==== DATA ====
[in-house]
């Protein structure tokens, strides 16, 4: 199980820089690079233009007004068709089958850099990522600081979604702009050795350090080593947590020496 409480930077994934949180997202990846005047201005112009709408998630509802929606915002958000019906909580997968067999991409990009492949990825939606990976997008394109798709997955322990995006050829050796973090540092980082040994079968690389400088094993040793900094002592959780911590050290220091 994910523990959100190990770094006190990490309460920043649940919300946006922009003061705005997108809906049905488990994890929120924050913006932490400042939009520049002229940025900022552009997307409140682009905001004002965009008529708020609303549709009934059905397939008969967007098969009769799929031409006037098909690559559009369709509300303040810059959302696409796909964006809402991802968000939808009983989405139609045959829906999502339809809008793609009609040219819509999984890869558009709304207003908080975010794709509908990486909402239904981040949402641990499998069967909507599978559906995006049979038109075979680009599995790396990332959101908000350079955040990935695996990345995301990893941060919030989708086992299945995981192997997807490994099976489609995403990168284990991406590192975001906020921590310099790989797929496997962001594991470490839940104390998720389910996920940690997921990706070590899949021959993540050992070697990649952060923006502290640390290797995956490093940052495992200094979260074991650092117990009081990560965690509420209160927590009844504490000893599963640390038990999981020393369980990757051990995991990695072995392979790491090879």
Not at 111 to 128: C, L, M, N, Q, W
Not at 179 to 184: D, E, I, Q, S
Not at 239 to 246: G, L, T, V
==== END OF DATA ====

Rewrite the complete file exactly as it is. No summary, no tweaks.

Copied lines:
[in-house]
């Protein structure tokens, strides 16, 4: 199980820089690079233009007004068709089958850099990522600081979604702009050795350090080593947590020496 409480930077994934949180997202990846005047201005112009709408998630509802929606915002958000019906909580997968067999991409990009492949990825939606990976997008394109798709997955322990995006050829050796973090540092980082040994079968690389400088094993040793900094002592959780911590050290220091 994910523990959100190990770094006190990490309460920043649940919300946006922009003061705005997108809906049905488990994890929120924050913006932490400042939009520049002229940025900022552009997307409140682009905001004002965009008529708020609303549709009934059905397939008969967007098969009769799929031409006037098909690559559009369709509300303040810059959302696409796909964006809402991802968000939808009983989405139609045959829906999502339809809008793609009609040219819509999984890869558009709304207003908080975010794709509908990486909402239904981040949402641990499998069967909507599978559906995006049979038109075979680009599995790396990332959101908000350079955040990935695996990345995301990893941060919030989708086992299945995981192997997807490994099976489609995403990168284990991406590192975001906020921590310099790989797929496997962001594991470490839940104390998720389910996920940690997921990706070590899949021959993540050992070697990649952060923006502290640390290797995956490093940052495992200094979260074991650092117990009081990560965690509420209160927590009844504490000893599963640390038990999981020393369980990757051990995991990695072995392979790491090879």
Not at 111 to 128: C, L, M, N, Q, W
Not at 179 to 184: D, E, I, Q, S
Not at 239 to 246: G, L, T, V